4 further bids to provide training be requested. At the start of the 2011/12 academic year, we still have several part-time trainee clinical medical physicists on our MSc course, although as things stand these will be our last. c) Distance Learning MSc We face a challenge during the next few years to firmly establish the distance learning version of our MSc, with a healthy (but manageable) number of enrolled students. For many years, our MSc programmes have attracted overseas students although the number of enquiries has far exceeded the number that eventually enrol. We particularly received expressions of interests from students engaged in clinical medical physics training in their own country. The vast majority of these students are ultimately unable to afford the considerable expense of living in London in addition to the UCL fee for overseas students, and thus never come to UCL. Thus, recognising the obvious demand, we introduced the distance learning version of our MSc, offered at a reduced fee. This has involved converting lectures into online resources through a combination of annotated videoed classroom lectures (including UCL Lecturecast videos), animated Powerpoint videos with voiceover, and prepared documentation. A sufficient number of modules are now available online in order to accept our first cohort of four part-time distance learning students in September The remaining modules will be available next year (2012/13). We aim to steadily grow the cohort to around students per year over the next four years. c) How will this context shape the department s teaching, learning and assessment strategy over the next four years? Drafters should outline how the department is intending to respond to its current circumstances, and to those future challenges identified above, over the next four years. a) Undergraduate programmes Our desire to establish a consistent annual undergraduate intake of around students will require ensuring that our product continues to represent the best of its kind, and fits the needs of a global society with an appetite for advances in healthcare technology which is unlikely to diminish in the foreseeable future. This implies: i) maintaining a content which includes state-of-the-art medical physics built on a solid foundation of transferable physics, engineering, and mathematical skills and knowledge; ii) providing students with a broad range of transferable skills to ensure they are in high demand by potential employers; iii) ensuring that our teaching staff as well as students have the necessary skills and facilities to exploit the increasingly broad range of learning tools available to them, especially new digital technologies; Adjustments (recently, quite radical ones) to our programme content are initially devised via the department s Teaching Steering Committee. These are usually prompted by a combination of feedback from lecturers (particularly during our Annual Review of Teaching meeting, held during the summer term after the exams) and students. Student feedback is available almost continuously from various sources, including module evaluation forms, moodle forums, weekly tutorials, and termly meetings of the Departmental Staff Student Consultative Committee (DSSCC). Adjustments to module content are typically implemented by a specific module organiser under the guidance of the Teaching Steering Committee. The provision of transferable skills requires being alert to the shifting demands of society in general and the employers of graduates in physical sciences and engineering in particular. For example, communication skills (oral and written) have become an essential and highly-weighted part of the physics curriculum at UCL (contributing five percent towards the final mark of our graduating students). Even more recently, training in Matlab and other advanced computational packages has been highlighted as a valuable component of a physics/engineering education. We already make extensive use of new technologies in the delivery of our teaching and will continue to review current practice and new teaching tools as they become available in an ongoing quest to teach more effectively and efficiently. We will continue to encourage all teaching and support staff to draw on the training provided by the Academic Service Unit to maintain, update and extend their teaching-related skills. Feedback to lecturers on the quality of their teaching is provided through regular peer observation, as well as via module evaluation forms and discussion and DSSCC meetings. We recently introduced problem-based-learning (PBL) as a major assessed element of an undergraduate module. It has proven sufficiently successful that we plan to explore ways to introduce PBL into other modules taught within the department. Compared to many other UCL departments, the average teaching load for our staff is quite light (typically <50 lecture hours per year), and the class sizes are relatively small (typically <35 for undergraduate modules and <60 for MSc modules). This enables our staff to be more focussed on the quality of their teaching, and to be more open to the introduction of new creative approaches to teaching. While we believe that recent changes to our taught programmes have resulted in improvements in their quality and in the efficiency of their administration, the readiness of our staff to pursue and enact changes represents a significant strength of the department. This again stems from our relatively light teaching loads, as well as our small size. Our response to the challenge of introducing a new degree programme as part of the proposed CEP will be formulated though discussion by the Departmental Teaching Steering Group, which will make appropriate recommendations to the Departmental Teaching Committee. However, the proposed CEP is still at the very earliest stage; although a CEP Director has been appointed Template for Departmental Learning and Teaching Strategies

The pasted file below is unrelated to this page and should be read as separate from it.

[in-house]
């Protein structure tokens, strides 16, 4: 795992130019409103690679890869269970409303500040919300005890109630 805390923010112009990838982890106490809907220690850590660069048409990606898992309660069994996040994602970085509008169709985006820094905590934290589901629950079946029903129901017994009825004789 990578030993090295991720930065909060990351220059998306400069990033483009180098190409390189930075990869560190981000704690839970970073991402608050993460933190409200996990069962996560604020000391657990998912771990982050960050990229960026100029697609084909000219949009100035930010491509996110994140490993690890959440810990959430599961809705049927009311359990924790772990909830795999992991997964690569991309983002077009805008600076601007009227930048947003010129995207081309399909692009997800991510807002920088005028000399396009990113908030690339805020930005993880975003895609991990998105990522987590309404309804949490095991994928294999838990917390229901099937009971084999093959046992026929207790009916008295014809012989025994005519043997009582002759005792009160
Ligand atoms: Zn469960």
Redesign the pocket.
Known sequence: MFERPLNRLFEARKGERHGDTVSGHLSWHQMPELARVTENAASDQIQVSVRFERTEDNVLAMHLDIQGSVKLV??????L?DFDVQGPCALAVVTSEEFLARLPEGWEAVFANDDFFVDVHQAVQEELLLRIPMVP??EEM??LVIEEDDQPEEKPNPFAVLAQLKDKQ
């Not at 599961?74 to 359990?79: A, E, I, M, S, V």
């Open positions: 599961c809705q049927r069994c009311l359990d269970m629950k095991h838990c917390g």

5 (Dr. John Mitchell) and a Faculty of Engineering Committee has been set up to examine the proposal, the Committee has yet to meet. b) MSc programme Changes are being made to the management of our MSc programme in order to deal effectively with the new structure. Our plan for the next few years is bring the management of the MSc programme into line, as far as possible, with that which works very effectively for the undergraduate programmes. This implies introducing identical deadlines (e.g. for exam paper submissions) and identical administrative paperwork (e.g. evaluation forms, attendance registers, etc.), and appointing MSc module organisers academics identified as responsible for coordinating the teaching and assessment on each of the MSc modules (these have been appointed, but it is essential that a greater sense of ownership is engendered in those organisers). Effecting these improvements will be the responsibility of the new Graduate Tutor for Taught Programmes. c) Distance Learning MSc The distance learning programme is brand new to the department, and teaching staff have a relatively low awareness of its organisational structure and ongoing requirements. This will be addressed by ensuring that the programme features much more strongly in the business of meetings of the Academic Group (monthly) and the Departmental Teaching Committee (termly), and that module organisers are fully aware of their responsibilities towards the management of the online material. As the distance learning programme becomes established, we intend to advertise it more broadly to steadily increase numbers. So far, almost no advertising has been conducted, apart from a few paragraphs on a departmental webpage. Finally, the department will need to establish a mechanism for ensuring that online material is updated alongside classroom-taught material. This will achieved partly through the increased awareness of module organisers, but also by requiring formal reviews of online module content (e.g. to be reported at the departmental Annual Review of Teaching meeting in July). Template for Departmental Learning and Teaching Strategies